The turret of the LAV-75 is very low-profile, being less than a meter tall.  During development, a bustle rack was added at the rear of the turret for crew equipment and any additional gear and ammunition.  The most remarkable part of the turret is the main armament – an ARES 75mm autocannon.  This gun uses a revolving breech to speed reloading as well as new case-telescoped ammunition with a combustible case. Recoil is largely taken up by a recoil piston, and the rest by a recoiling breech. The LAV-75 has a two-man crew; the commander doubles as a gunner.  The commander has a hatch on the turret roof, with a pintle-mounted M240 machinegun on a contra-rotating cupola.  The ARES autocannon has another M240 as a coaxial machinegun.  In an unusual twist, the driver can fire the coaxial machinegun in an emergency, though he cannot fire the autocannon.  The commander’s sights are located in an armored head atop the turret, and consist of an advanced FLIR imager, an image intensifier (primarily for day use), and a standard telescopic coincidence sight as a backup.  A ballistic computer and a laser rangefinder are located in the turret, with the laser firing from a coaxial position opposite the coaxial machinegun.  The commander/gunner can access these sights from the cupola if needed, though he cannot aim or fire his machinegun from under armor.  In another unusual twist, the driver has his own sight head with a FLIR and image intensifier; he can therefore assist the commander/gunner in finding targets in a sort of hunter/killer setup.  The driver also has direct vision blocks for normal driving.  Both the driver and the commander/gunner can use direct binocular or monocular sight interfaces to access the information from their sight heads, or may view them on an LCD screen.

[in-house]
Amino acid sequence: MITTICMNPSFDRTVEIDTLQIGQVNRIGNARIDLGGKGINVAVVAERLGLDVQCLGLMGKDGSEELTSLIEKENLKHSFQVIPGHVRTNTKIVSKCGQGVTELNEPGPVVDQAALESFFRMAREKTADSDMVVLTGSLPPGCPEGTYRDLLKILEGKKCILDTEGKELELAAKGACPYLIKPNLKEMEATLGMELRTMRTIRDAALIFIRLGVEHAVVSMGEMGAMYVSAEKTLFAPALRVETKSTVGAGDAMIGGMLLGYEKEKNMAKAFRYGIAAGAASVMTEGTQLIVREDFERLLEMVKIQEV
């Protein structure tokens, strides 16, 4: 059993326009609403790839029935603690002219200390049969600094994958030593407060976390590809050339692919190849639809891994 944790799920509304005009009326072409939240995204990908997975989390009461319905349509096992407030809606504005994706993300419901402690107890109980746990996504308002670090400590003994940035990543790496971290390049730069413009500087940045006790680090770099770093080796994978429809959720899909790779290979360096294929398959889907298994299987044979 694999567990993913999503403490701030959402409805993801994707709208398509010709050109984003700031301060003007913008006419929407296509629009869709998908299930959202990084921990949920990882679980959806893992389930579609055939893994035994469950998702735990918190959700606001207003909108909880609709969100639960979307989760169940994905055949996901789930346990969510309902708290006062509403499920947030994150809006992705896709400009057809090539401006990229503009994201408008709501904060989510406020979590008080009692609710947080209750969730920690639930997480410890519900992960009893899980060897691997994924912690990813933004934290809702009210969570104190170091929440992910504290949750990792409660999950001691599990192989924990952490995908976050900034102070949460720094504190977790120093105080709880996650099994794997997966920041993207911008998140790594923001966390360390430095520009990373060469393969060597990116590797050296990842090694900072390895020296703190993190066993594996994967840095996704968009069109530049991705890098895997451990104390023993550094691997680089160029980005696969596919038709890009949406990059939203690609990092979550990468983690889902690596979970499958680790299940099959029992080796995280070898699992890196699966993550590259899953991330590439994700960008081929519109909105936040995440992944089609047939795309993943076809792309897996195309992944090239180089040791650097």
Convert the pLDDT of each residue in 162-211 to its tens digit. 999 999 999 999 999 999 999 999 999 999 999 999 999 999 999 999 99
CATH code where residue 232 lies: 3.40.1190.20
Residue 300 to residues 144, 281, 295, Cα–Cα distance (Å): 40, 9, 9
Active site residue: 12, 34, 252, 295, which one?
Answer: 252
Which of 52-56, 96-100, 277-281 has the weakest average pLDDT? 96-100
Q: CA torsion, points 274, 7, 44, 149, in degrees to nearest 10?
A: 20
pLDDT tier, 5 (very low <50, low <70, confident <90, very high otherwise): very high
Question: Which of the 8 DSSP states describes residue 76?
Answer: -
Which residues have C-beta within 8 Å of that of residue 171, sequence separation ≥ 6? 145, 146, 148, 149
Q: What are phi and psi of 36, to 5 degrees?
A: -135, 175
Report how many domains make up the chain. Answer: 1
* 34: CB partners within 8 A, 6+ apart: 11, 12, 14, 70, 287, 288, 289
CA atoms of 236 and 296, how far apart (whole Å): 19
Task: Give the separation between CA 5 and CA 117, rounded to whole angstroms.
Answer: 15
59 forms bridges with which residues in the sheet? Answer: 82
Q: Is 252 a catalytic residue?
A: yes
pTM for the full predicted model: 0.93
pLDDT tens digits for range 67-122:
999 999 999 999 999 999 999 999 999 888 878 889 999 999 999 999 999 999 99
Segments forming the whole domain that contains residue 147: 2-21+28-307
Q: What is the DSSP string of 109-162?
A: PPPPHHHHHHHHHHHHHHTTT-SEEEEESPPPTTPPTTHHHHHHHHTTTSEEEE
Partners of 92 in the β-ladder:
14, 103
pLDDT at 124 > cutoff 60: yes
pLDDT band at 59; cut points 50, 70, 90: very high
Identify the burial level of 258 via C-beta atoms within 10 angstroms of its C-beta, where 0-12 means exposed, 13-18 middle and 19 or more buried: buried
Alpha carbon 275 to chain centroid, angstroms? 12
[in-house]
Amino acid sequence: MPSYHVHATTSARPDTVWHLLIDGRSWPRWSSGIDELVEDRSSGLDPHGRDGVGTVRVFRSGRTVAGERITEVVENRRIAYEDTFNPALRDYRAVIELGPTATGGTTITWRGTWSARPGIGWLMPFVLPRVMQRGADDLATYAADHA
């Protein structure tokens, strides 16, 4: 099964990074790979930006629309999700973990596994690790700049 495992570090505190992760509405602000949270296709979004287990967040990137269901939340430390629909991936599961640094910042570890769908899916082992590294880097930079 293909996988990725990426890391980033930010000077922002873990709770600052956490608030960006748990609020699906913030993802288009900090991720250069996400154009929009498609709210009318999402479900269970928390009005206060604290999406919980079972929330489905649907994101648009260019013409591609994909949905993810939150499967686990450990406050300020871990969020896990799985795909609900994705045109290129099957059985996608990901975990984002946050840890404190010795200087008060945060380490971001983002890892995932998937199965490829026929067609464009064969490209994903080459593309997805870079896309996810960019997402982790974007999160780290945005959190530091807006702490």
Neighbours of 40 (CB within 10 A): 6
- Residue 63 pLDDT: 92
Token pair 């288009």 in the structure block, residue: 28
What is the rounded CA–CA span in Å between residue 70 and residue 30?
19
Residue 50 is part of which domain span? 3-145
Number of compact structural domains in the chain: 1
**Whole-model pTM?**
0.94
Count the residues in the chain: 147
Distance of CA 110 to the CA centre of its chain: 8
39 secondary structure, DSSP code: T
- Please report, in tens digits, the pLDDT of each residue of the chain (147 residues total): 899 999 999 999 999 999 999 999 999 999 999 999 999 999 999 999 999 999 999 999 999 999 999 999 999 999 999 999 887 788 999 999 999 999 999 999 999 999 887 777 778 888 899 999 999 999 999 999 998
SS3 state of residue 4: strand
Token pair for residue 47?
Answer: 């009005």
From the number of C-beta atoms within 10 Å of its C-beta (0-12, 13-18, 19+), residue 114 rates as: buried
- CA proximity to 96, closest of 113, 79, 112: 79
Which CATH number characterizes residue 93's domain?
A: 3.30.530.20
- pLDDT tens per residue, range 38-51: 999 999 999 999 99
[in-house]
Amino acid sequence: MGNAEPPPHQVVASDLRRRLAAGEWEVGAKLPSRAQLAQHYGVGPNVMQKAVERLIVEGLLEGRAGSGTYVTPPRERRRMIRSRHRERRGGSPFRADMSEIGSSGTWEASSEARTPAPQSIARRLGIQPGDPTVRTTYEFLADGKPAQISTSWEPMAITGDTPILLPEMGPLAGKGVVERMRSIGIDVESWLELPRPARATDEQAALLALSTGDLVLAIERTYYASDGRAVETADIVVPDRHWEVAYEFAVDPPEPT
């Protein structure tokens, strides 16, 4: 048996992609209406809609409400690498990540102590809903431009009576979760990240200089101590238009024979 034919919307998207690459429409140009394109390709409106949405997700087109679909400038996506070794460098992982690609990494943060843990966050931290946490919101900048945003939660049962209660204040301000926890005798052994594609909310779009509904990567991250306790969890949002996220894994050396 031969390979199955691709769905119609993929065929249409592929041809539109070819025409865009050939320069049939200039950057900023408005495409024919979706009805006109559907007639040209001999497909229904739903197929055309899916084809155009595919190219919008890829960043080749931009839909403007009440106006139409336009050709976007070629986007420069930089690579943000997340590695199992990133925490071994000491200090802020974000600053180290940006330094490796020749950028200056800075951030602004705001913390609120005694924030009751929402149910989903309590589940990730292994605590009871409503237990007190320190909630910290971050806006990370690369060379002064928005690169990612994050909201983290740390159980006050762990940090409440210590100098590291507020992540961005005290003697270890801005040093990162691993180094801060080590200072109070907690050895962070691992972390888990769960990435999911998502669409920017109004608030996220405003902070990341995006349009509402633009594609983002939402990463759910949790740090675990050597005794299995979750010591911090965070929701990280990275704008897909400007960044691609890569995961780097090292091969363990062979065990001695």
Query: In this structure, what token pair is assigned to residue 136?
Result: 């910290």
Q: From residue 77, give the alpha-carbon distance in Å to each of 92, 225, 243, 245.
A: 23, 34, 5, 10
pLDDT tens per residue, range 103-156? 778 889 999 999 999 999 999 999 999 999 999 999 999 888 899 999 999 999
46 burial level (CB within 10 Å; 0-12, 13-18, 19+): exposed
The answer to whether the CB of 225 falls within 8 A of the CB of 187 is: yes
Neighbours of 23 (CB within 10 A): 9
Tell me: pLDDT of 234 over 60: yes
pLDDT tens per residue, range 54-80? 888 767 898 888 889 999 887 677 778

In 1982, AAI tested a different, enlarged turret on the LAV-75, which I have called here the LAV-75A1.  The new turret is a two-man turret, with a gunner and commander; it is not as low-profile as on the LAV-75, but is still fairly small, with the gunner being more in the hull than in the turret.  The LAV-75A1 has a separate sight head for the gunner, allowing for a true hunter/killer capability; as a result, the driver has no ability to fire the coaxial machinegun, and does not have the sight head of the LAV-75.  The commander and gunner use the same sight interfaces as on the LAV-75, though the driver has a simple day/night vision block. The new turret is large enough to allow the use of appliqué armor on the turret sides and rear (but not on the front).  The LAV-75A1 can also take lugs for ERA on the turret sides and front. Other than the increased weight of the new turret, the LAV-75A1 is basically the same as the LAV-75 in detail.